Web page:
there for some purpose, was, with her children burnt to death. And that
worst of Mlechchhas, the wretched Purochana (who was the architect
employed in building the house of lac) was also burnt in the conflagration.
And thus were the sons of Dhirtarashtra with their counsellors deceived in
their expectations. And thus also were the illustrious Pandavas, by the
advice of Vidura, saved with their mother. But the people (of Varanavata)
knew not of their safety. And the citizens of Varanavata, seeing the house
of lac consumed (and believing the Pandavas to have been burnt to death)
became exceedingly sorry. And they sent messengers unto king Dhritarashtra
to represent everything that had happened. And they said to the monarch,
'Thy great end hath been achieved! Thou hast at last burnt the Pandavas to
death! Thy desire fulfilled, enjoy with thy children. O king of the Kurus,
the kingdom.' Hearing this, Dhritarashtra with his children, made a show
of grief, and along with his relatives, including Kshattri (Vidura) and
Bhishma the foremost of the Kurus, performed the last honours of the

"Janamejaya said, 'O best of Brahmanas, I desire to hear in full this
history of the burning of the house of lac and the escape of the Pandavas
there from. That was a cruel act of theirs (the Kurus), acting under the
counsels of the wicked (Kanika). Recite the history to me of all that
happened. I am burning with curiosity to hear it.'

"Vaisampayana said, 'O chastiser of all foes, listen to me, O monarch, as
I recite the (history of the) burning of the house of lac and the escape
of the Pandavas. The wicked Duryodhana, beholding Bhimasena surpass
(everybody) in strength and Arjuna highly accomplished in arms became
pensive and sad. Then Karna, the offspring of the Sun, and Sakuni, the son
of Suvala, endeavoured by various means to compass the death of the
Pandavas. The Pandavas too counteracted all those contrivances one after
another, and in obedience to the counsels of Vidura, never spoke of them
afterwards. Then the citizens, beholding the son of Pandu possessed of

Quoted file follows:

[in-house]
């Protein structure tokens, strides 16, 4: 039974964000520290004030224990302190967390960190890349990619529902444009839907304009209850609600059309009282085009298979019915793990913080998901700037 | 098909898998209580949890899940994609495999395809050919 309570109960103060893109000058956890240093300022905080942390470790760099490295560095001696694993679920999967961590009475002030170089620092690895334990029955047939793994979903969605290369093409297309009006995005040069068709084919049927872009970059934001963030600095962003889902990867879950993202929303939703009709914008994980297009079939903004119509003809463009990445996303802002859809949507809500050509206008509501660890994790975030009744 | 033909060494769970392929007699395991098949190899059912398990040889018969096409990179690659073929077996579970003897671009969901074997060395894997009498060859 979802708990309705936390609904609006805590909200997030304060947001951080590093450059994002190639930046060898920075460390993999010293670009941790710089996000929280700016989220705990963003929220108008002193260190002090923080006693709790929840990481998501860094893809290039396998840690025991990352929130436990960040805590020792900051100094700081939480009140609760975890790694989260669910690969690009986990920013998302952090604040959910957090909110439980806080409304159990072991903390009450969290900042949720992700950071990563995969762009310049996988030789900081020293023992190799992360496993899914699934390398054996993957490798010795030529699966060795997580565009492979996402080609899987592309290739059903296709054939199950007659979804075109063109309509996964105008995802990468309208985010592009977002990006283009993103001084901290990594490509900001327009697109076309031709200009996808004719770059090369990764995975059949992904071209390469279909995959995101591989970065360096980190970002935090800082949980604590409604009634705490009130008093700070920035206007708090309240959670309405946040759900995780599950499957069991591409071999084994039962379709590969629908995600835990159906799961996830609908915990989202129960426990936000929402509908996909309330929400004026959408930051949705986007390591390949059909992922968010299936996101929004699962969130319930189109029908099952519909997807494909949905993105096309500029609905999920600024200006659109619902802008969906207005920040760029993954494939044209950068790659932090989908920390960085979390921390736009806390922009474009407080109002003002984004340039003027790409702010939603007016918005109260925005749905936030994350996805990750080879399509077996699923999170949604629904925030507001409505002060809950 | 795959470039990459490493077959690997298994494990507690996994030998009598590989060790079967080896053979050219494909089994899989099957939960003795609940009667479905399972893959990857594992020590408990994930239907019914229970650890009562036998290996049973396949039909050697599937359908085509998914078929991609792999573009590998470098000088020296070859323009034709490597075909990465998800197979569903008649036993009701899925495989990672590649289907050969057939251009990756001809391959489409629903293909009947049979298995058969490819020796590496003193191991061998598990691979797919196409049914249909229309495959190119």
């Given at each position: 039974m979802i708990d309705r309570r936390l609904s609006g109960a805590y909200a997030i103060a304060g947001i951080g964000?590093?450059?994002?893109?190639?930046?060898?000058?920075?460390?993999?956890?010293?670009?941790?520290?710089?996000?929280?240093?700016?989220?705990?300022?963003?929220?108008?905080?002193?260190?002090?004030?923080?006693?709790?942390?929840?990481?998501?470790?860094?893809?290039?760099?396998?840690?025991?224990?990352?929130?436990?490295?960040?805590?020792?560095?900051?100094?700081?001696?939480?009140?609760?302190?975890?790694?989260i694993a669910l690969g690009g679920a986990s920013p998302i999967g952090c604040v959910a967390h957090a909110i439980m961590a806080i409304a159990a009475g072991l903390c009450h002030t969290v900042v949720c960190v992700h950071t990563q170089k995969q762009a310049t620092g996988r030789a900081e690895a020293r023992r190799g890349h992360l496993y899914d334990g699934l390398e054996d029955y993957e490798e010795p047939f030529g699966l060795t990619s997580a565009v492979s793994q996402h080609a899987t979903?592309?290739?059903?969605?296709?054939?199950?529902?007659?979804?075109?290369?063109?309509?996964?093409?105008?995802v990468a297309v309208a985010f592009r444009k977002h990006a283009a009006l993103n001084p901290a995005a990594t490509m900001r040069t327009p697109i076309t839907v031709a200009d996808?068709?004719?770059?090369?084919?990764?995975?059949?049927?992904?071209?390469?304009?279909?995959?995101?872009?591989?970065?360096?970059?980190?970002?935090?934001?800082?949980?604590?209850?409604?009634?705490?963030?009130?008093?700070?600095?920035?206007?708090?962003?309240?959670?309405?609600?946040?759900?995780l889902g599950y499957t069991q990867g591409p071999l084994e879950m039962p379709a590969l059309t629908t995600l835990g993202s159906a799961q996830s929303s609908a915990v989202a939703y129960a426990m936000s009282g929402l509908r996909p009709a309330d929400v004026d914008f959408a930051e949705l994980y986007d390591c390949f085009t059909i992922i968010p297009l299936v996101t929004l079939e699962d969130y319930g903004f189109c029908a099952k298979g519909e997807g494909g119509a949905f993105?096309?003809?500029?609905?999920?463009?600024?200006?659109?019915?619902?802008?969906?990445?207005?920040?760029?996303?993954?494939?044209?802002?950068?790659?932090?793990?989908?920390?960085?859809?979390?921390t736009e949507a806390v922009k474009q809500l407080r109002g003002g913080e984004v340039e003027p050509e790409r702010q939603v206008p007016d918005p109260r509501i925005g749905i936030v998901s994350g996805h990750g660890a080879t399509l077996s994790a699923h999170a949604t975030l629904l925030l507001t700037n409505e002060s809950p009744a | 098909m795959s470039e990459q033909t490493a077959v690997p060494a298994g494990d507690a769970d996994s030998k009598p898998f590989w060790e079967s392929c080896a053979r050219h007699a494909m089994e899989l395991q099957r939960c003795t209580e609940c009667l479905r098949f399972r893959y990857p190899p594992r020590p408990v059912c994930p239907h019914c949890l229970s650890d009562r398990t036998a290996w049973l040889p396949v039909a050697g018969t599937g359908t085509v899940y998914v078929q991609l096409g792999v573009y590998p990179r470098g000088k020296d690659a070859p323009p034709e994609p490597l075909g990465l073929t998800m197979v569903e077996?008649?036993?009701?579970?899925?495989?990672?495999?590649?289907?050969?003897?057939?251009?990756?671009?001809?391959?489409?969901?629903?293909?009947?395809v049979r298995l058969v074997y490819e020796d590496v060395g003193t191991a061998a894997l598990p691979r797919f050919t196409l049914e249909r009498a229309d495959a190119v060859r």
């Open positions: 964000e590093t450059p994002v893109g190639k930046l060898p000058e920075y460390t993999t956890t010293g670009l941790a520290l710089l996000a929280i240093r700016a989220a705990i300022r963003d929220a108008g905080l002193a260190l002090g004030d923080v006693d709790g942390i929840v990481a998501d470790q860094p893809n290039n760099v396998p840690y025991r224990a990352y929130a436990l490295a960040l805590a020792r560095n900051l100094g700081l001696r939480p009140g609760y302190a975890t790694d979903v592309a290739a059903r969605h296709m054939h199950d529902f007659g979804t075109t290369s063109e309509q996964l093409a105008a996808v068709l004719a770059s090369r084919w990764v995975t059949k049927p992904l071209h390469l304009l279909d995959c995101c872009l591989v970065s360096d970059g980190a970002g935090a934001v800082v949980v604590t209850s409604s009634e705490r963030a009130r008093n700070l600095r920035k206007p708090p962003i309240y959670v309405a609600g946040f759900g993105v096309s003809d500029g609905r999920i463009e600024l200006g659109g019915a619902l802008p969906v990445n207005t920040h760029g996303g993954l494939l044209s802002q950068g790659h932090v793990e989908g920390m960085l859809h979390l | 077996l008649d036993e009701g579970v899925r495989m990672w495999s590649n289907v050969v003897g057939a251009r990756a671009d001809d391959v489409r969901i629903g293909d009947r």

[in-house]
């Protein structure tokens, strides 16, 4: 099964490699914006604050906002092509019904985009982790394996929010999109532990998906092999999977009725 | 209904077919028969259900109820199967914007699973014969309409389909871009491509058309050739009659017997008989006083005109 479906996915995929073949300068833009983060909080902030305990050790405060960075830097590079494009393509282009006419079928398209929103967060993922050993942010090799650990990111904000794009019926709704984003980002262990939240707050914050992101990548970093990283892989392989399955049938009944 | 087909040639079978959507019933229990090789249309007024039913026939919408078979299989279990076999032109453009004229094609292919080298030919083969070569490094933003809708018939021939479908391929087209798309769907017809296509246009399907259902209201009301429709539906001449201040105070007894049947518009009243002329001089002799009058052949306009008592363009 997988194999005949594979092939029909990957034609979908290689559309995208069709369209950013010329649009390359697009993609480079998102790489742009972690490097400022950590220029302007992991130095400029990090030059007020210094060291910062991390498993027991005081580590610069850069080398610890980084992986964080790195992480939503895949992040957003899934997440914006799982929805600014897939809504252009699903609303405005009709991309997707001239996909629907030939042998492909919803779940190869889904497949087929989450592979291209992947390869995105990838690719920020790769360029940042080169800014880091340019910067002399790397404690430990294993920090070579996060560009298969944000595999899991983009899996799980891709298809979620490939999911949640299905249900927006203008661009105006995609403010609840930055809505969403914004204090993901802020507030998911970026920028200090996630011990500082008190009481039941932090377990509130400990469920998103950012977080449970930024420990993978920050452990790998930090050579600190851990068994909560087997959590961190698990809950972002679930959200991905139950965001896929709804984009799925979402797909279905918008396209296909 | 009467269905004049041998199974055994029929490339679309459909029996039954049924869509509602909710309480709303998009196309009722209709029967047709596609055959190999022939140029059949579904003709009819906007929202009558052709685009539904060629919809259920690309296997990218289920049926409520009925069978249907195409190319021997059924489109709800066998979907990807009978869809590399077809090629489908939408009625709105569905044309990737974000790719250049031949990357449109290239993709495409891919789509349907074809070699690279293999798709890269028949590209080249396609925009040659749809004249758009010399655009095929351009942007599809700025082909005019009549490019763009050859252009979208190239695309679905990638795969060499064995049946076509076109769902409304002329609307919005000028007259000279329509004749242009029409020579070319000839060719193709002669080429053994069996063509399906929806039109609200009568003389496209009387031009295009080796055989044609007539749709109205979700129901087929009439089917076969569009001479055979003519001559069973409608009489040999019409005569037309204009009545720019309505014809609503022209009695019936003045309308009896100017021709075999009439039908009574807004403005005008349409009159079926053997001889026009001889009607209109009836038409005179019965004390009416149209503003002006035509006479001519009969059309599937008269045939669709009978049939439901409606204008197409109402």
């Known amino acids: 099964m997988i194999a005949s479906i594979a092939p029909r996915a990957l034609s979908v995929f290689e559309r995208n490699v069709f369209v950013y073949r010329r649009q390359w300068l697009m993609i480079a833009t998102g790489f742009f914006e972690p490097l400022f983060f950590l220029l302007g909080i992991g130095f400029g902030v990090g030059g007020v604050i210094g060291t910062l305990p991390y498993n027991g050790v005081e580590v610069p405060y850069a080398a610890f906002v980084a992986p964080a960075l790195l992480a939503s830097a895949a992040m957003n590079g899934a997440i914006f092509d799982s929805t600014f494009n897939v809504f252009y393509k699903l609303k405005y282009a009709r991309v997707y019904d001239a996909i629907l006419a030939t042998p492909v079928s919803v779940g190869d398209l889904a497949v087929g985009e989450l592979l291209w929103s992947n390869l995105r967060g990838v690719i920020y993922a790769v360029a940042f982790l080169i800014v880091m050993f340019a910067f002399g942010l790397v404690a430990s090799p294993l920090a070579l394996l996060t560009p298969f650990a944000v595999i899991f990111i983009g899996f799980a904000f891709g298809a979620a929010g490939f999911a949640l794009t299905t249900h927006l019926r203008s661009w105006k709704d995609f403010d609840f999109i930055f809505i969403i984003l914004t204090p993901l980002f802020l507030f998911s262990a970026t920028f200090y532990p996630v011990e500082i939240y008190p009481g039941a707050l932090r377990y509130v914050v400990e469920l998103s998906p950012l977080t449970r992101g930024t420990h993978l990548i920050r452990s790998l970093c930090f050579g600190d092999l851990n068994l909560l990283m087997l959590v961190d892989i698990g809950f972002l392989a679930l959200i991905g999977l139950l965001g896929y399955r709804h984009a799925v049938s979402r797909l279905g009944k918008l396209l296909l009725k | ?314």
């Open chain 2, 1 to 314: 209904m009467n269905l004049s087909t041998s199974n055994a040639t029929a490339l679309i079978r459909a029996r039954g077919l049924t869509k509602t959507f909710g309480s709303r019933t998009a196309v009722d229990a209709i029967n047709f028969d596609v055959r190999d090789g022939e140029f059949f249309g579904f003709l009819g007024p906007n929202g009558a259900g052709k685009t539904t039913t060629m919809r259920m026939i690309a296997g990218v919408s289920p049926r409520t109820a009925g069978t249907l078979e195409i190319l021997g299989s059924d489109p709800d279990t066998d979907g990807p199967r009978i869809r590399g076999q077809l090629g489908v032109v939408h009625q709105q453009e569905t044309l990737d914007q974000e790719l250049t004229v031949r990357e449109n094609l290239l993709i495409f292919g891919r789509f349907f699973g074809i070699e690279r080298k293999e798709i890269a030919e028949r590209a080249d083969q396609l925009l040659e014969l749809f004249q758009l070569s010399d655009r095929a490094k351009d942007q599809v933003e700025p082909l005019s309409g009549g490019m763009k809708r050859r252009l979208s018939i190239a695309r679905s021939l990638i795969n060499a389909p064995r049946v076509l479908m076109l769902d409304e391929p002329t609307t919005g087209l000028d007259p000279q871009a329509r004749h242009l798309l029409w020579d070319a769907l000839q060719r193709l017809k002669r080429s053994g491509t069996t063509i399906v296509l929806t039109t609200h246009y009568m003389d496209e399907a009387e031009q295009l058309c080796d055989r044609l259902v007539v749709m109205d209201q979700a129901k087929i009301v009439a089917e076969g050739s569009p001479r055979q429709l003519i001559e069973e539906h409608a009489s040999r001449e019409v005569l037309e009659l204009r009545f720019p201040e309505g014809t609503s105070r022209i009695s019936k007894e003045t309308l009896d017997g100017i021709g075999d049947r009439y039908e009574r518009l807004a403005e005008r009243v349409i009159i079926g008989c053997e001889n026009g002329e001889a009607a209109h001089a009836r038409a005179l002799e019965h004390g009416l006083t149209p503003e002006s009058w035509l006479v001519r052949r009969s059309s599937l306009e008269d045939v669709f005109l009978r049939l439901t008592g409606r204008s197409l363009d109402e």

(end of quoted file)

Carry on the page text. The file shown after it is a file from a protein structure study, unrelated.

accomplishments, began, O Bharata, to speak of them in all places of
public resort. And assembled in courtyards and other places of gathering,
they talked of the eldest son of Pandu (Yudhishthira) as possessed of the
qualifications for ruling the kingdom. And they said, 'Dhritarashtra,
though possessed of the eye of knowledge, having been (born) blind, had
not obtained the kingdom before. How can he (therefore) become king now?
Then Bhishma, the son of Santanu, of rigid vows and devoted to truth,
having formerly relinquished the sovereignty would never accept it now. We
shall, therefore, now install (on the throne) with proper ceremonies the
eldest of the Pandavas endued with youth, accomplished in battle, versed
in the Vedas, and truthful and kind. Worshipping Bhishma, the son of
Santanu and Dhritarashtra conversant with the rules of morality, he will
certainly maintain the former and the latter with his children in every
kind of enjoyment.'

"The wretched Duryodhana, hearing these words of the parting partisans of
Yudhishthira, became very much distressed. Deeply afflicted, the wicked
prince could not put up with those speeches. Inflamed with jealousy, he
went unto Dhritarashtra, and finding him alone he saluted him with
reverence and distressed at (the sight of) the partiality of the citizens
for Yudhishthira, he addressed the monarch and said, 'O father, I have
heard the parting citizens utter words of ill omen. Passing thee by, and
Bhishma too, they desire the son of Pandu to be their king. Bhishma will
sanction this, for he will not rule the kingdom. It seems, therefore, that
the citizens are endeavouring to inflict a great injury on us. Pandu
obtained of old the ancestral kingdom by virtue of his own accomplishments,
but thou, from blindness, didst not obtain the kingdom, though fully
qualified to have it. If Pandu's son now obtaineth the kingdom as his
inheritance from Pandu, his son will obtain it after him and that son's
son also, and so on will it descend in Pandu's line. In that case, O king
of the world, ourselves with our children, excluded from the royal line,
shall certainly be disregarded by all men. Therefore, O monarch, adopt
such counsels that we may not suffer perpetual distress, becoming